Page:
OBM Neurobiology is an international peer-reviewed Open Access journal published quarterly online by LIDSEN Publishing Inc. By design, the scope of OBM Neurobiology is broad, so as to reflect the multidisciplinary nature of the field of Neurobiology that interfaces biology with the fundamental and clinical neurosciences. As such, OBM Neurobiology embraces rigorous multidisciplinary investigations into the form and function of neurons and glia that make up the nervous system, either individually or in ensemble, in health or disease. OBM Neurobiology welcomes original contributions that employ a combination of molecular, cellular, systems and behavioral approaches to report novel neuroanatomical, neuropharmacological, neurophysiological and neurobehavioral findings related to the following aspects of the nervous system: Signal Transduction and Neurotransmission; Neural Circuits and Systems Neurobiology; Nervous System Development and Aging; Neurobiology of Nervous System Diseases (e.g., Developmental Brain Disorders; Neurodegenerative Disorders).

OBM Neurobiology publishes research articles, technical reports and invited topical reviews. Although the OBM Neurobiology Editorial Board encourages authors to be succinct, there is no restriction on the length of the papers. Authors should present their results in as much detail as possible, as reviewers are encouraged to emphasize scientific rigor and reproducibility.

Archiving: full-text archived in CLOCKSS.

Rapid publication: manuscripts are undertaken in 11.8 days from acceptance to publication (median values for papers published in this journal in the second half of 2021, 1-2 days of FREE language polishing time is also included in this period).

Current Issue: 2023  Archive: 2022 2021 2020 2019 2018 2017

Special Issue

Telepsychiatry in Adolescents and Adults during COVID-19

Submission Deadline: September 30, 2022 (Open) Submit Now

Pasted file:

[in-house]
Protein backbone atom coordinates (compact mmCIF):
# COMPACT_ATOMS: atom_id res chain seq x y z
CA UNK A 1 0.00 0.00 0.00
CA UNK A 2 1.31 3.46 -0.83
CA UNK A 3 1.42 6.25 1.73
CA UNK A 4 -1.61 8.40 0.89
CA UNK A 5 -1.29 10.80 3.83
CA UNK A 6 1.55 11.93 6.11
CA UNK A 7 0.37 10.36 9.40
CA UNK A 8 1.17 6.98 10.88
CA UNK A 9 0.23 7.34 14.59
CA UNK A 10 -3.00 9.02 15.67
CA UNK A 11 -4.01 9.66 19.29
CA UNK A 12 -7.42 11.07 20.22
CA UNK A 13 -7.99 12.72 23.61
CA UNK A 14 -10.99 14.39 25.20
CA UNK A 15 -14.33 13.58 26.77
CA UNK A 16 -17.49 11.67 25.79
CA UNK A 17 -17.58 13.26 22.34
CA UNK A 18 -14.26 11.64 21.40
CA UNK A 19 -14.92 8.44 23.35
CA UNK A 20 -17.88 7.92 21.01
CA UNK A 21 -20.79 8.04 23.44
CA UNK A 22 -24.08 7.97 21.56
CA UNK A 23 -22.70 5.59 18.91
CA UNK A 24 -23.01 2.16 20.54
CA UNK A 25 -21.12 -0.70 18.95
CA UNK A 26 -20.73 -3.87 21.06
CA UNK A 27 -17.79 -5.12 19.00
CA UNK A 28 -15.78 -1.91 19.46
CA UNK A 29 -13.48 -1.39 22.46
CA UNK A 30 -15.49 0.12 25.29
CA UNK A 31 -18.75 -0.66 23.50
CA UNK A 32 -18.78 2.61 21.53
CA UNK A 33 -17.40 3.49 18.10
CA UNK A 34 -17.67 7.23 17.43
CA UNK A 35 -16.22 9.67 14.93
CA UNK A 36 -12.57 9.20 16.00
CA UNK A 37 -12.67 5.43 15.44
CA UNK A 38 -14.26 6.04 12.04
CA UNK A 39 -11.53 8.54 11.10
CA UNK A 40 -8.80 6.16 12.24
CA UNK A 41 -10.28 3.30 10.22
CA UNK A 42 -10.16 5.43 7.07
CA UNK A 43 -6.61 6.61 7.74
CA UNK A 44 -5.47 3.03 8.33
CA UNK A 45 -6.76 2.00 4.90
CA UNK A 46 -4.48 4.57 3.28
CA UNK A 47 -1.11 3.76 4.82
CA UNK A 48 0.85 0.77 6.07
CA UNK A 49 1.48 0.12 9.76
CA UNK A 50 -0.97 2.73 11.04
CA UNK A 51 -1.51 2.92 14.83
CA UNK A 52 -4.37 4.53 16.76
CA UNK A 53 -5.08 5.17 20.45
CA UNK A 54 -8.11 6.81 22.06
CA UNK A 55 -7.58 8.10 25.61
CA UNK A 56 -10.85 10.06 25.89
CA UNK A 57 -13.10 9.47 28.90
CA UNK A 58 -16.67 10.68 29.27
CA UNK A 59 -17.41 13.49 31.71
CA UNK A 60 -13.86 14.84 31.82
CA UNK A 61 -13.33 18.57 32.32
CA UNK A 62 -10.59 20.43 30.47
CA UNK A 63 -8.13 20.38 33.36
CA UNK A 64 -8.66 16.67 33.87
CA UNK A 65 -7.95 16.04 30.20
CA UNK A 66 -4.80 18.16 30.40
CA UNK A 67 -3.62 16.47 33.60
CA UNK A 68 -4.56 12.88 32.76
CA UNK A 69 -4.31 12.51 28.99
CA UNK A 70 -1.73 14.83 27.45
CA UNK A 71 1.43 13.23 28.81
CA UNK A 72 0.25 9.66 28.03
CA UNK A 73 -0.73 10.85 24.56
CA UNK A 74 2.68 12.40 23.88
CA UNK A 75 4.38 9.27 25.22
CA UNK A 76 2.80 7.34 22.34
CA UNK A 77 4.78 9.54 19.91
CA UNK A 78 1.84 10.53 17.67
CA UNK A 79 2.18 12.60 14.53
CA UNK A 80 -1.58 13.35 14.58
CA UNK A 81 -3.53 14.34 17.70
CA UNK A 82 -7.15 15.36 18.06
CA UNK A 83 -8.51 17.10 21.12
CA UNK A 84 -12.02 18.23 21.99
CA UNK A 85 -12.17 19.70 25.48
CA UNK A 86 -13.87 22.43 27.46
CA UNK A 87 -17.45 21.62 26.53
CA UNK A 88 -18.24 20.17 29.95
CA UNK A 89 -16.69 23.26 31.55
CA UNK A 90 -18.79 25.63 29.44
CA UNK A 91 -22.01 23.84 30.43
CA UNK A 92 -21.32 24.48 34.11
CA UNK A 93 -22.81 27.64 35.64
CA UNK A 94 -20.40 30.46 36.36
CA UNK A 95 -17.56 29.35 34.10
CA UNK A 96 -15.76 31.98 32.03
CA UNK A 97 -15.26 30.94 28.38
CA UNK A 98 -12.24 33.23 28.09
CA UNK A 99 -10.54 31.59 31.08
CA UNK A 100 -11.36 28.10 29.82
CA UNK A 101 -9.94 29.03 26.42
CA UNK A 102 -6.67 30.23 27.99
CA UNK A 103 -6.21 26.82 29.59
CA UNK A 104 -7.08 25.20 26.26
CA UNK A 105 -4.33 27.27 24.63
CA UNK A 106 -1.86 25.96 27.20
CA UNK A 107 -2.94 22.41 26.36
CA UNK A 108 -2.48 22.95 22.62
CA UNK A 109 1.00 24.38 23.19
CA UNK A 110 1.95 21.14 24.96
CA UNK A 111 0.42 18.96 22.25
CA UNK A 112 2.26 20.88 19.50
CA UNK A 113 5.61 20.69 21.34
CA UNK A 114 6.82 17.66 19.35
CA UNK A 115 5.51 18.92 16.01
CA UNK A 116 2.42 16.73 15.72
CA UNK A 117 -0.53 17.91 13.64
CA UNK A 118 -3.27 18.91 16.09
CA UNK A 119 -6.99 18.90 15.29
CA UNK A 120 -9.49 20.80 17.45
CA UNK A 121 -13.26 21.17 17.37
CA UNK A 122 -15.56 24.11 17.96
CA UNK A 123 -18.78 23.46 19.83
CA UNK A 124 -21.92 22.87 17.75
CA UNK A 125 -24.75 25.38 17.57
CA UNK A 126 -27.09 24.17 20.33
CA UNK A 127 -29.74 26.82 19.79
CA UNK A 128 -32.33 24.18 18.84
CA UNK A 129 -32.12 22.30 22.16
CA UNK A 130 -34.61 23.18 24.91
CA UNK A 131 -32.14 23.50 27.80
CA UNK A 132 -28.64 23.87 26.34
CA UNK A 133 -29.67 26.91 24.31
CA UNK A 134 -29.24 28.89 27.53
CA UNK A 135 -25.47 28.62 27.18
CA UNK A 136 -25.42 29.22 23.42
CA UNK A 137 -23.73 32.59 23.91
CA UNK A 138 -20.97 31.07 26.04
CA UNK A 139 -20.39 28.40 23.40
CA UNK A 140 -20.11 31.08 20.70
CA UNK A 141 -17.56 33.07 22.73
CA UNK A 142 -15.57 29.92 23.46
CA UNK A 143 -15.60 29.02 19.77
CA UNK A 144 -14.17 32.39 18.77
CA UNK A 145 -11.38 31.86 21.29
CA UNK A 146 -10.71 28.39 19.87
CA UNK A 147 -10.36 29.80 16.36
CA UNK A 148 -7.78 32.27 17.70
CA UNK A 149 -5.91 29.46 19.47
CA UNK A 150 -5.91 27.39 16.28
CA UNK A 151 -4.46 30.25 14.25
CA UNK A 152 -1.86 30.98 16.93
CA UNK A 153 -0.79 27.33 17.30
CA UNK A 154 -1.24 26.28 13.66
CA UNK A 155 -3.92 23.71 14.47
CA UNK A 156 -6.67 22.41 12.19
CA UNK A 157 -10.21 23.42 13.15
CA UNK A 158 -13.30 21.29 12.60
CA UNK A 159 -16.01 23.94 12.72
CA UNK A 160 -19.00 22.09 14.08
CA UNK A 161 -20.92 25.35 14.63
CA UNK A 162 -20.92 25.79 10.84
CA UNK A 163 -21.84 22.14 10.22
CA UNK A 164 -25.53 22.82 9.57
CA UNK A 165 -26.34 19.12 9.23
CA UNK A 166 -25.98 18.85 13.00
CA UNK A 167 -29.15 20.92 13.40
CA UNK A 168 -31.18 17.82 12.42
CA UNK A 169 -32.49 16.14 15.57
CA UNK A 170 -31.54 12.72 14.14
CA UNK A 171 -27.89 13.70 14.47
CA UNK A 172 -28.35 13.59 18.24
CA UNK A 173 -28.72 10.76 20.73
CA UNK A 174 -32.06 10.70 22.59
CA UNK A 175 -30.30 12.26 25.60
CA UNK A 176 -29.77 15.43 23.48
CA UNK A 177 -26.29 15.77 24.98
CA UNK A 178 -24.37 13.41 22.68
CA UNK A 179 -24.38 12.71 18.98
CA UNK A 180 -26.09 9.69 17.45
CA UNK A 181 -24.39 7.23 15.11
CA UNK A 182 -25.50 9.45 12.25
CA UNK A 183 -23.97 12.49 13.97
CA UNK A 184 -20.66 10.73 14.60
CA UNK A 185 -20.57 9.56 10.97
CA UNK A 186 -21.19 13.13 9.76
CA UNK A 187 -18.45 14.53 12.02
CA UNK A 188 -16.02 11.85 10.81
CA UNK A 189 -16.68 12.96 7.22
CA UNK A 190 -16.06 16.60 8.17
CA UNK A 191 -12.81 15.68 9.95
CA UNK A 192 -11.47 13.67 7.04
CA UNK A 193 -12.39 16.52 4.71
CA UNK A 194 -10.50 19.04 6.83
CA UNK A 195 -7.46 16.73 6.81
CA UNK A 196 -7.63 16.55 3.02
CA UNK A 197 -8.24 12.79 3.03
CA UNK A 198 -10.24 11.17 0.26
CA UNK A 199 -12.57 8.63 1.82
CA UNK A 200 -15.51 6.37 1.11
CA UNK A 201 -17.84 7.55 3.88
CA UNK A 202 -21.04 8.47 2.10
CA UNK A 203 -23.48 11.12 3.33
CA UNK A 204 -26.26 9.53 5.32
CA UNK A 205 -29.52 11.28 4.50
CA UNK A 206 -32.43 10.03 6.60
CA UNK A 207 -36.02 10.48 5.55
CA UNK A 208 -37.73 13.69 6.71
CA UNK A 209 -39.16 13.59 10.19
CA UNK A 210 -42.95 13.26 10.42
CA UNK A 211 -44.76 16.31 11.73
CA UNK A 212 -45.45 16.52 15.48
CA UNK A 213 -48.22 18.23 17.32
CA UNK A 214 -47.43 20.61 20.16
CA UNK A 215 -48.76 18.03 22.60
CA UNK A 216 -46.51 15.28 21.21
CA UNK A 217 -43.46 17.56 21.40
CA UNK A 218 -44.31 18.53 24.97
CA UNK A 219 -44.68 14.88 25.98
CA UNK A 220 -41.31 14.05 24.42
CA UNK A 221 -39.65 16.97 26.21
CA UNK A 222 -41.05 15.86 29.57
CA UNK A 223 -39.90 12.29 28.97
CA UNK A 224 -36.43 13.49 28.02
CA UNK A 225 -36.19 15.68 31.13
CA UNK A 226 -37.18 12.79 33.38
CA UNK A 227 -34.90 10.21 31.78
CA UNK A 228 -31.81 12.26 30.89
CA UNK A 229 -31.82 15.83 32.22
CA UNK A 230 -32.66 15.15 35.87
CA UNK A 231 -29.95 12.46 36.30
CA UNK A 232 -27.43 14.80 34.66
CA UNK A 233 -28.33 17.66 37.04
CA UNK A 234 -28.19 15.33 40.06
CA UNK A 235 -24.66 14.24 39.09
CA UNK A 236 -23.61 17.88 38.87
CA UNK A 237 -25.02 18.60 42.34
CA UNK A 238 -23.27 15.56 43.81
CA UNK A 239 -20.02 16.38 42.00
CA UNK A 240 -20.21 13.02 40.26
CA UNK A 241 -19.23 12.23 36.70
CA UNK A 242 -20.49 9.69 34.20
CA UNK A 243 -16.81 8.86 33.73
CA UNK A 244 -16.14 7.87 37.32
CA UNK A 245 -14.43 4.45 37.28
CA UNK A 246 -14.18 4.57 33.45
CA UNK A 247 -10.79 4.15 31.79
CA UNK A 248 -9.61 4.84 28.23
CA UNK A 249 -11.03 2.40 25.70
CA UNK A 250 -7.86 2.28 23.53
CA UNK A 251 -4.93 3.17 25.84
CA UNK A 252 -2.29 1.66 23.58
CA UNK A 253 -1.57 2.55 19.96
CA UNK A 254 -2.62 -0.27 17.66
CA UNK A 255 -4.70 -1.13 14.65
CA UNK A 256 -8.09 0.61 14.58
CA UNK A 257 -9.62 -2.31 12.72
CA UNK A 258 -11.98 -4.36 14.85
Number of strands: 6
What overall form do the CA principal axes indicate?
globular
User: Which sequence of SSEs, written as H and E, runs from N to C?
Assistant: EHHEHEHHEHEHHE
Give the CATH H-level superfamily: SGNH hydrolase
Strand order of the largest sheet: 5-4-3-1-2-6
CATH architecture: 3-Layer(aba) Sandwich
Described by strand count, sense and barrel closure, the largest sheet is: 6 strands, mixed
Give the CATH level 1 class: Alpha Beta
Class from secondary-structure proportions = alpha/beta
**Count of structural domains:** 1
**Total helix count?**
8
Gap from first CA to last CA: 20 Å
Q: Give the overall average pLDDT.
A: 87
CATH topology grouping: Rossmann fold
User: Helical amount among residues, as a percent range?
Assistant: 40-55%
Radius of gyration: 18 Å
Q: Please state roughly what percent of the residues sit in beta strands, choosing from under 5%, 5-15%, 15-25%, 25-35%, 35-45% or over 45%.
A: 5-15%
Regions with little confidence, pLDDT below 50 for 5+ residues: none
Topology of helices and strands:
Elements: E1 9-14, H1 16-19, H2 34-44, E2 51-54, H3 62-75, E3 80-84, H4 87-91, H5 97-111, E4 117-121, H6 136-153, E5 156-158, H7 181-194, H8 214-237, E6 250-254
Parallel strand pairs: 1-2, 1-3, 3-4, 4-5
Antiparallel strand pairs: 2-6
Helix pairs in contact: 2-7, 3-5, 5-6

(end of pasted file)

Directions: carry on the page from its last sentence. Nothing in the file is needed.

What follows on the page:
Guest Editor

Vincenzo Prisco, PhD

Department of Psychiatry ASL Salerno, University Federico II, Naples, Italy 

Website | E-Mail

Research interests: telepsychiatry; adolescents; young adults; teleconsultation.

About This Topic

The coronavirus disease 2019 (COVID-19) pandemic has been spreading across Italy for about two years. The outbreak of COVID-19 is severely affecting mental health worldwide, although individual response may vary. On March 9th, 2020, the Italian Government implemented several emergency containment measures, including self-isolation and social distancing. These measures have a strong impact on the population's daily life and may negatively affect psychological well-being. In fact quaratine for coronavirus has serious psychological side effects, such as depression and anxiety that are more likely to occur and worsen. Furhermore quarantine reduces the availability of psychiatric and psychological interventions. The evidence for telepsychiatry is growing in particular for adolescent population. Telepsychiatry uses telecommunication to transmit medical informations to a psychiatrist. Live interactive consultation (video-call) appears to be the best way in which patient and physician can interact in real time, and the Italian youth population manifested interest in using this technology. Providing psychiatric treatment and support may reduce the burden of comorbid mental health conditions, helping patients to cope with acute or chronic diseases. Services could include counseling and psychiatric help for patients, supervision of learned skills, psychological training aimed to maintain results achieved and psychoeducation, etc.